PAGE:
EBay's Project Echo set for private and public betas
With a new application framework entering open beta early next year, eBay is working to build a kind of 'open' market for both developers and vendors to earn money, as a key eBay developer told BetaNews Tuesday.
A private beta of eBay's Project Echo will commence in Q4 2008, limited to participation among five ISVs including research tools provider Terapeak and CRM service provider Hosted Support. That will be followed by an open beta early next year and commercial availability by mid-year. This news Tuesday from Kumar Kandaswamy, senior director for platform strategy of the eBay Developers Program, in a briefing for BetaNews.
"There's been a lot of talk in the industry about 'opening up' this and that," Kandaswamy said. "But we have two points of differentiation. One is simplicity. The other is that developers can make real money with us."
Project Echo's public beta will be open to all interested developers, the senior manager told us, with just a couple of provisos: "First, all [developers] must be willing to provide 30-day free trials of their products, both during and after the beta. Second, they must clearly call out the subscription price of their software for sellers."
Through Project Echo, developers will be able to integrate their existing applications directly into Selling Manager and Selling Manager Pro, two eBay applications that already count some 700,000 eBay sellers as subscribers, Kandaswamy told us. That should enable sellers to subscribe to and start using their tools directly on eBay's site.
Historically, sellers interested in trying out new third-party applications have had to go to a special section of the site known as Solutions Directory, and then click over to the ISVs' sites.
Kandaswamy also acknowledged that eBay faces growing competition from other Web sites in luring application developers.
eBay is accessed by literally millions of buyers and sellers worldwide, according to the strategy manager. At the moment, there's a push within the company for the creation of new and sophisticated tools that can help sellers do a better job of marketing their wares.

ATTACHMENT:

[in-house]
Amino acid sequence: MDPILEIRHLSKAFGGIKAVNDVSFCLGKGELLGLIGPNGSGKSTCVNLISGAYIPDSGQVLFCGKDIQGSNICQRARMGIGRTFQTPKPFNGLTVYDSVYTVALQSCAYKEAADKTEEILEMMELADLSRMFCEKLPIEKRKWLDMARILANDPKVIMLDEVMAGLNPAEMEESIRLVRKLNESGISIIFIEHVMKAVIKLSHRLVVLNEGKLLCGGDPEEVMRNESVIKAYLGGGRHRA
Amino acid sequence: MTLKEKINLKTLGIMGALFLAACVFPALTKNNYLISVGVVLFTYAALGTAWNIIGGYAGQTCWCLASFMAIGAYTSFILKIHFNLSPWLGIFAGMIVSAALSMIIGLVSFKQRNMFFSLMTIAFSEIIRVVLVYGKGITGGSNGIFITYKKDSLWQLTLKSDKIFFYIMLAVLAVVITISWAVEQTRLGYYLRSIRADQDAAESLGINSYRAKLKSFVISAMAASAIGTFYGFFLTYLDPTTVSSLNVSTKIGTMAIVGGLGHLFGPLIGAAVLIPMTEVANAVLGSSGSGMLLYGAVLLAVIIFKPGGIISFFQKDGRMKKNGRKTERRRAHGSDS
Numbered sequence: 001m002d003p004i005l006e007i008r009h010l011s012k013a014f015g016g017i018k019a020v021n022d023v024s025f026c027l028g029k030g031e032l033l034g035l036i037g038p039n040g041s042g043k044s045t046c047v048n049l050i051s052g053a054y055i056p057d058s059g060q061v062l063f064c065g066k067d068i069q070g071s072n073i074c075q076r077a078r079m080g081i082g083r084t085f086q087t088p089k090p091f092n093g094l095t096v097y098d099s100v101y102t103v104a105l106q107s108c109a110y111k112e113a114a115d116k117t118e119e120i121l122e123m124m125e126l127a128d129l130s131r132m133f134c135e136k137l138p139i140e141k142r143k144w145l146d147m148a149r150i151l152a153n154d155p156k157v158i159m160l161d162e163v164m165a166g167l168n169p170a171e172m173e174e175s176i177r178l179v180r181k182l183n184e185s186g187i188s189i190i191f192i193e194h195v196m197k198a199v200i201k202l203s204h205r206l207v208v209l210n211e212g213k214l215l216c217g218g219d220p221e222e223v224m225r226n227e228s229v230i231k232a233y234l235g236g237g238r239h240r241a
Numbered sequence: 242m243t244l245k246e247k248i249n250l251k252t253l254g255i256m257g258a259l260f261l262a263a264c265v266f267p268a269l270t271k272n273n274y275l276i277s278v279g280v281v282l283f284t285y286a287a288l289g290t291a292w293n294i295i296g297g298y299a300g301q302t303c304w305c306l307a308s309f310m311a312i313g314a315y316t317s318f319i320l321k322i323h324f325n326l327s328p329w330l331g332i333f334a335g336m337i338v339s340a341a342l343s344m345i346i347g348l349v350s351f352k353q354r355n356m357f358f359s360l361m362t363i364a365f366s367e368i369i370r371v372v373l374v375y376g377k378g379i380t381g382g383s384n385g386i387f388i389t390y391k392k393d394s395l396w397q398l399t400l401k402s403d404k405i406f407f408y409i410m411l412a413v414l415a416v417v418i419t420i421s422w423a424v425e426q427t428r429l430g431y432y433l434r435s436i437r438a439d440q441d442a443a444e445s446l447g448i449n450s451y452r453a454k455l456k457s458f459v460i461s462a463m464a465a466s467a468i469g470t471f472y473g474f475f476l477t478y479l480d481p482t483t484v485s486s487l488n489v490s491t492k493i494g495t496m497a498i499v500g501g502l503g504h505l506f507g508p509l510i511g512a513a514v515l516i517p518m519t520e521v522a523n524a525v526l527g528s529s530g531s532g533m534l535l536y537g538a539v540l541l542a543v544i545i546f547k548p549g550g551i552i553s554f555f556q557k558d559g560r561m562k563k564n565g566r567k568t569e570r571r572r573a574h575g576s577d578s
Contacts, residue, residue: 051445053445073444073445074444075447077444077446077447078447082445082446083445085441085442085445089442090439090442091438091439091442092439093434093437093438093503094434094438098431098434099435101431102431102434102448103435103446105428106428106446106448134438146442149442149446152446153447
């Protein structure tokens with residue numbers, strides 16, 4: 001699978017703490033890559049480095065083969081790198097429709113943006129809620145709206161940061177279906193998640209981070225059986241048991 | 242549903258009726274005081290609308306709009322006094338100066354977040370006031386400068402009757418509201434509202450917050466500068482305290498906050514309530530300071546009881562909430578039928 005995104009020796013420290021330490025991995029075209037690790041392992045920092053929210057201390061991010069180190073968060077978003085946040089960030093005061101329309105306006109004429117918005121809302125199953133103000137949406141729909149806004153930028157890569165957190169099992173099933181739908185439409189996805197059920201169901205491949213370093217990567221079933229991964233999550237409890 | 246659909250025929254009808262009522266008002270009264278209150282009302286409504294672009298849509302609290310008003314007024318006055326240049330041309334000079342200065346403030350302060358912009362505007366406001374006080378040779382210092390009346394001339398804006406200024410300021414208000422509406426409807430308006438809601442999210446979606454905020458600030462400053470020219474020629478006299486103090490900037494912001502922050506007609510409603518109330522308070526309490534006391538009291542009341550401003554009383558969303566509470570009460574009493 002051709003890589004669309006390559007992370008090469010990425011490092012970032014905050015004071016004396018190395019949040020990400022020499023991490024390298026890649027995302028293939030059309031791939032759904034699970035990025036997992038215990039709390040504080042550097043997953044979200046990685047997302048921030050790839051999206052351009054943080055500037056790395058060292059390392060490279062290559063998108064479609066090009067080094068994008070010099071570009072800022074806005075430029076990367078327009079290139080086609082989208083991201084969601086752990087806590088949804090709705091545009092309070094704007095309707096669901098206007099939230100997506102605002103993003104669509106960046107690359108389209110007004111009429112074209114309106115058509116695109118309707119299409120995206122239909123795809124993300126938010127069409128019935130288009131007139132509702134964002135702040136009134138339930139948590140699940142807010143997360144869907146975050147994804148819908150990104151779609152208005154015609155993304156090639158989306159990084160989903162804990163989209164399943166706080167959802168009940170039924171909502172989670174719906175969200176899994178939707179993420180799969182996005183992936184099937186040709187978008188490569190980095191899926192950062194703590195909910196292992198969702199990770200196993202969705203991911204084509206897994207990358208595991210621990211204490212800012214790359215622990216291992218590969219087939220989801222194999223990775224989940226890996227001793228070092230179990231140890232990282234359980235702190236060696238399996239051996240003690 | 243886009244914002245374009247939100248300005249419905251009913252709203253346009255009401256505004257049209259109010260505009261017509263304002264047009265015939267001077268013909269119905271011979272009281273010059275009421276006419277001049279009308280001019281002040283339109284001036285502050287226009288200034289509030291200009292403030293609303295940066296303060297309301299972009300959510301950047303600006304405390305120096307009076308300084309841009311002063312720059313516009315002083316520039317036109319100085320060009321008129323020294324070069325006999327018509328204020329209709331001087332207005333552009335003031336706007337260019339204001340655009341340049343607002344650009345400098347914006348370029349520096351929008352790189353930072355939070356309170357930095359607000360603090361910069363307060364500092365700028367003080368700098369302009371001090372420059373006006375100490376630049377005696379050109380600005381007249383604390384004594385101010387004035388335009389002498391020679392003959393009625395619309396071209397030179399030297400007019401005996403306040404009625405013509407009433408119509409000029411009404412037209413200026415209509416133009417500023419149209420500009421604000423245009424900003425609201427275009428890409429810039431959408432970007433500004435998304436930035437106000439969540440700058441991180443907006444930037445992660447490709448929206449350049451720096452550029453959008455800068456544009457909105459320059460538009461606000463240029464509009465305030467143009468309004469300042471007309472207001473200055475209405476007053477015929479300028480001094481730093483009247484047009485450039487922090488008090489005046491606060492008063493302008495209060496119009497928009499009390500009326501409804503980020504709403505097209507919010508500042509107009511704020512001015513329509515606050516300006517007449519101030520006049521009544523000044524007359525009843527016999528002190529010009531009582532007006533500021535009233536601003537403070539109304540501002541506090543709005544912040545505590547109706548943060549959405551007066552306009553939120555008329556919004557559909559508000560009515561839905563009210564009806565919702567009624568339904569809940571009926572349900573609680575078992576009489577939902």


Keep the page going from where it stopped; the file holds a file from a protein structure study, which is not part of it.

But eBay has already attracted some 70,000 third-party developers since the launch of the Developers Program eight years ago, he noted. Moreover, much of eBay's traction with developers has happened over the past year, with 50,000 of those developers hopping aboard just since then.
A total of 4,800 of the 12,000 third-party applications built for eBay have been created over the past 12 months, he elaborated.
One of the latest third-party applications built for eBay assesses the buying behavior of individual buyers, in order to make recommendations to sellers about which buyers they should target. Another leverages current market data to help guide sellers in making decisions about which products in their inventories to focus on, and what prices to charge, Kandaswamy said.
He credited the recent expansion of eBay's development environment for much of the growth in application development activity.
Aside from a Web-based SOA platform for application integration, Project Echo also calls for the "opening up" to third-party developers of several APIs -- including "eBay Client Alert" -- that were previously available only to internal developers.